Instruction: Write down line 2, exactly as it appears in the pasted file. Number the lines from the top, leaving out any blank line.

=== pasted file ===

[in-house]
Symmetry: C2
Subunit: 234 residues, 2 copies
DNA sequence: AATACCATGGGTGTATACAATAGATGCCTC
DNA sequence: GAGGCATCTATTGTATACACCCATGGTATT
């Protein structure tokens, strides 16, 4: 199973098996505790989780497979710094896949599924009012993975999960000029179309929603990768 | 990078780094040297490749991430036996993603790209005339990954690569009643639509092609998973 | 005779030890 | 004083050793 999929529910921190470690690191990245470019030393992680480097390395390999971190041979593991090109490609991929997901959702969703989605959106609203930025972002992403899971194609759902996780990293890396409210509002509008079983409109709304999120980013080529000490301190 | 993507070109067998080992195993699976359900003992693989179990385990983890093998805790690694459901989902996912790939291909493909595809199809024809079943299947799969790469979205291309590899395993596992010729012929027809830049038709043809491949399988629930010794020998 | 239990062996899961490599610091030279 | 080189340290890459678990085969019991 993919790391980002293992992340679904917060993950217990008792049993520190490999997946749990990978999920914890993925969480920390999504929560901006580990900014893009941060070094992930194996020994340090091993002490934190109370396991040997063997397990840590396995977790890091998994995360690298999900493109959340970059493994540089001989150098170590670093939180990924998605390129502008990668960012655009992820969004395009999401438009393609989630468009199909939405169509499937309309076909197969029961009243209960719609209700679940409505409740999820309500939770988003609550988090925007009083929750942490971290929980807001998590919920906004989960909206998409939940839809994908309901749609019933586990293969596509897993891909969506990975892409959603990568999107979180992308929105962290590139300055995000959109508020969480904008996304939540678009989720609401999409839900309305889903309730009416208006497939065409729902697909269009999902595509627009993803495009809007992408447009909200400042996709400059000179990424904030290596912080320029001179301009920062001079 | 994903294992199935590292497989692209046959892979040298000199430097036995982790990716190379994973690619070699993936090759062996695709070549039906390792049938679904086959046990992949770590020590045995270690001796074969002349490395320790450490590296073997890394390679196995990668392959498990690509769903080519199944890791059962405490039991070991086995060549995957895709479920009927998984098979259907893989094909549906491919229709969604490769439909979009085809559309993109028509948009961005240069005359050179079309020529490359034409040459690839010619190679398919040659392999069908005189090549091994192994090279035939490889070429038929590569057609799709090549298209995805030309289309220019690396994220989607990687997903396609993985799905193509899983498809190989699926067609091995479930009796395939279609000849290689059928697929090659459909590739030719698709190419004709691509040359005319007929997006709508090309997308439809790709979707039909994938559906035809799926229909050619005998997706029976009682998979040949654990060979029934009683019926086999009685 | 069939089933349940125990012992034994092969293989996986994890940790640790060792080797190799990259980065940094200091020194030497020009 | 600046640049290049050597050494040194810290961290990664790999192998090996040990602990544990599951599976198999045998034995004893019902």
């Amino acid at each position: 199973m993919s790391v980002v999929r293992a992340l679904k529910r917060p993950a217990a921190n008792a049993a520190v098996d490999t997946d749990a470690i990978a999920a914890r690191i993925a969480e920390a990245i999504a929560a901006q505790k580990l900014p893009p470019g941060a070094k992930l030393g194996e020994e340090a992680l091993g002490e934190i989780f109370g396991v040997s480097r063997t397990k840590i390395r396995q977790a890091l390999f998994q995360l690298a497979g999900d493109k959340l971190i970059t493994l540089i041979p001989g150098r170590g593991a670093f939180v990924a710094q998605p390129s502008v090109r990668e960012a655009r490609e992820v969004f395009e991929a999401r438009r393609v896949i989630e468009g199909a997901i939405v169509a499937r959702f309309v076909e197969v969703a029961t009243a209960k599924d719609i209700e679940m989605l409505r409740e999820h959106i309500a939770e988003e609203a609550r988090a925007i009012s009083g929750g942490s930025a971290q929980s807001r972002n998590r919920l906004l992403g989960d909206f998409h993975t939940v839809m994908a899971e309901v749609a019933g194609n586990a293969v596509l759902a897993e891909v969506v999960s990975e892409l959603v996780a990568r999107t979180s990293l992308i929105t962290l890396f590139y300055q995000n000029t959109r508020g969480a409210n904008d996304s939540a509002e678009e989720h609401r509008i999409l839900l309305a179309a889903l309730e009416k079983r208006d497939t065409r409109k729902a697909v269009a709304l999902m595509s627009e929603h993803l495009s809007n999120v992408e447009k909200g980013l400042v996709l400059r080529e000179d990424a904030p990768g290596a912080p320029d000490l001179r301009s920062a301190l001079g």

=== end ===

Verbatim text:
Symmetry: C2